From knowledge and understanding, we can start to use positive emotions. Then keep revisiting it as a cycle until we get stronger commitment and collaboration from all the team members. That’s seldom happens in one visit.

I get it. Love at first sight might happen, but the stronger relationships don’t just look at physical interaction. They also look at friendship, they look at logic and the reality of how to make it work together in today’s challenging world. That’s true of projects as well.

It’s about a long‑term relationship that’s like a wedding, the challenges (because projects are temporary and unique) you can’t just develop these relationships within a short timeline. You need to be constantly developing relationships outside of the project framework. This concept is new to the Project Management Body of Knowledge (PMBOK) 6th edition, and it’s a worthy one.

We as Project Managers are trying to change not just the development of a single project or product, but we’re trying to demonstrate that this approach can be used to better the world, whether it’s one project, one program, or an entire organization at a time.

Now one of the new acronyms that you might find on the PMP exam is the SCARF Model.

What we’re talking about is human nature. Can you influence other people?

People will look for status when it comes to change. Remember the J‑curve here that people are doing. People want for some sense of certainty that if they’re going to take the risk to work through this curve, they know that the outcome is more certain, are certain as we can make it.

Some people seek authority, some control over their lives or others in order to achieve their agendas. Some people want you to relate to them. We don’t all have to be the same, but we have to have a common ground to be able to make that work.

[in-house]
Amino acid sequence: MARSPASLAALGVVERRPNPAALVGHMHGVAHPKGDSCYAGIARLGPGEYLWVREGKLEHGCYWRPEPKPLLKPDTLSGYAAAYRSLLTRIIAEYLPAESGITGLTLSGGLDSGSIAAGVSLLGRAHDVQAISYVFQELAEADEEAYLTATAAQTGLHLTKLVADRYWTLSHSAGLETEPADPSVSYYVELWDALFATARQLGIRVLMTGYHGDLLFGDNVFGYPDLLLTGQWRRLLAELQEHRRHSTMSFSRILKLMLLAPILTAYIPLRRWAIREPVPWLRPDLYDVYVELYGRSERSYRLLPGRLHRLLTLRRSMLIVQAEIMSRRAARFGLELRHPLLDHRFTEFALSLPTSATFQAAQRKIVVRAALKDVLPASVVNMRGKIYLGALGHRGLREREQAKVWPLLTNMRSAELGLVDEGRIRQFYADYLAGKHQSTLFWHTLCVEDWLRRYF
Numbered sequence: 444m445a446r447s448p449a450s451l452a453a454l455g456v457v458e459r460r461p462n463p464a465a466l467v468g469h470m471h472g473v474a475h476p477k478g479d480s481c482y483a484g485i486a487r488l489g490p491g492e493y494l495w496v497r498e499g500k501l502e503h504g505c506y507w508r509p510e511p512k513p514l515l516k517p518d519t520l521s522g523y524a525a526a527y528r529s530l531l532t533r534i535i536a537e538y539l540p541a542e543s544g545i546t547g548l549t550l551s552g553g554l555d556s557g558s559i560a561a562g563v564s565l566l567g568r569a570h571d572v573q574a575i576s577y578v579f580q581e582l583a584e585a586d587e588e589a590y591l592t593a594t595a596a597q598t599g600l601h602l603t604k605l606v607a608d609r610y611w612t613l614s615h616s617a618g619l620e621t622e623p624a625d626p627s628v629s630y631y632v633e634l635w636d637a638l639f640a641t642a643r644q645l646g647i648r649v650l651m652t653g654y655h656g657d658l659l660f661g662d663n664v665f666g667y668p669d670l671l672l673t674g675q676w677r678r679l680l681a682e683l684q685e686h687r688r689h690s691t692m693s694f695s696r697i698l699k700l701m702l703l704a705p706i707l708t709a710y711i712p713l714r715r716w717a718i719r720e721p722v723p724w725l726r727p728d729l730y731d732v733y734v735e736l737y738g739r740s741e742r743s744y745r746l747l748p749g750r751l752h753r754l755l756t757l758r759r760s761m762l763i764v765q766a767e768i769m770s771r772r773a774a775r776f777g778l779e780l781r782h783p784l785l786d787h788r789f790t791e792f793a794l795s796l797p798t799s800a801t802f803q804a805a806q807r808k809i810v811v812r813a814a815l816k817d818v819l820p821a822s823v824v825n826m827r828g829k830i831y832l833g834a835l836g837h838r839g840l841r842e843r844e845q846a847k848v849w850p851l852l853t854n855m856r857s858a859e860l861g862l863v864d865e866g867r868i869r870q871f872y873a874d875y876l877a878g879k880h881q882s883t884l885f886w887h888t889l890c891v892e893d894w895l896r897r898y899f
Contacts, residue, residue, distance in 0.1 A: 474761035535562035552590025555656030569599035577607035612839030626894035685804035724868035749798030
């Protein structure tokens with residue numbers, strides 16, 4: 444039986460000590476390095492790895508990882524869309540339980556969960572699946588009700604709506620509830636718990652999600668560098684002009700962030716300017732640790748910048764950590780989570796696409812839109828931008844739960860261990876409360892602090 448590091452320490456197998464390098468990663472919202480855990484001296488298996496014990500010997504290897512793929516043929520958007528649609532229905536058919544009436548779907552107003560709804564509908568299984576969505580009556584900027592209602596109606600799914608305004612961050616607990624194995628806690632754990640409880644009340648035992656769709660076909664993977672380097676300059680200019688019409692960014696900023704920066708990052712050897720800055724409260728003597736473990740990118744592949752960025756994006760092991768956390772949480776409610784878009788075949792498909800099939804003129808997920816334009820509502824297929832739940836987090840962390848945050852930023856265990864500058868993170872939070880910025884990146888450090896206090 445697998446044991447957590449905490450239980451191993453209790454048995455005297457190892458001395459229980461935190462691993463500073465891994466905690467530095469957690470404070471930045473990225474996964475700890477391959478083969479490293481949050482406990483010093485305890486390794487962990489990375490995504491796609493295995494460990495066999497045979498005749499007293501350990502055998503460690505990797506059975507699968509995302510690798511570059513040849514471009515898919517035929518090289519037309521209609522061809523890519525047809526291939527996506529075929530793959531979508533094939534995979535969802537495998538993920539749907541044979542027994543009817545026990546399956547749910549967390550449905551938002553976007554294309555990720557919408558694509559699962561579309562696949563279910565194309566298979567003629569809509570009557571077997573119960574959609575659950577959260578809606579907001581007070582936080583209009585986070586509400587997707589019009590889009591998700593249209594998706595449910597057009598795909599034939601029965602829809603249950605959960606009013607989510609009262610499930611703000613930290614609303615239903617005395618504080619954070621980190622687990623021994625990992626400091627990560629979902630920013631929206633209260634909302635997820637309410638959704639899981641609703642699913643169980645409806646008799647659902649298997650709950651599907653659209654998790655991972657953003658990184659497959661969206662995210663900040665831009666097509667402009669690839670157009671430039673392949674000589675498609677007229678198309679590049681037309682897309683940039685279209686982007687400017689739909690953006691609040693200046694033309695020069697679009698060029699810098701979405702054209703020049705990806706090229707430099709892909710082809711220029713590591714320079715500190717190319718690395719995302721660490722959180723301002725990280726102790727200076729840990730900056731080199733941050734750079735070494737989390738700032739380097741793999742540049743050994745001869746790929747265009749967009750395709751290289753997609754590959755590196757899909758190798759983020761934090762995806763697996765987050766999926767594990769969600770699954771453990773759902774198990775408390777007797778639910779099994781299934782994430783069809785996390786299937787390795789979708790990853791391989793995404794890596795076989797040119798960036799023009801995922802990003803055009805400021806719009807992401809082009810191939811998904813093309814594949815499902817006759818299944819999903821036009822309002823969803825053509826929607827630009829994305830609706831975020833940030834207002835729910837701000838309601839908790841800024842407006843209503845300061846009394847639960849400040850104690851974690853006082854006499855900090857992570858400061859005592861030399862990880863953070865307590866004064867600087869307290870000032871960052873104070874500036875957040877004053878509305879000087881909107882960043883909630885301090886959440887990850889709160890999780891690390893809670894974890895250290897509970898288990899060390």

Finally, people look for fairness. We all know life’s not fair but we want to do is make it as fair as we can. It’s not even equal, but we want to make it as opportunistic as we can, so that everybody who chooses can participate and gain.

It’s not the story “The Little Red Hen” where one person does all the work. It sounds right, but we look at that and say, “Wow, I don’t want to be the little red hen. I want to be the person eating the bread at the end.” That doesn’t work either. Everybody ultimately has to contribute, or we don’t have full success.

Particularly when we talk about the J‑curve, we need to get commitment and collaboration from people to be successful. Our goal is about relationship, not just a product or a process.

 

I look forward to seeing you in the classroom or online!

Steven Fullmer
Interface Technical Training Staff Instructor

Steve teaches PMI-PBA: Business Analysis Certification,  PMP: Project Management Fundamentals and Professional CertificationWindows 10, and CompTIA classes in Phoenix, Arizona.

Steve’s Video Certification Training Classes at Interface Technical Training:

Project Management Professional (PMP®) Certification Video Training PMBOK® 6th Edition

PMI-PBA Business Analysis for IT Analysts and Project Managers (PMI-PBA)® Certification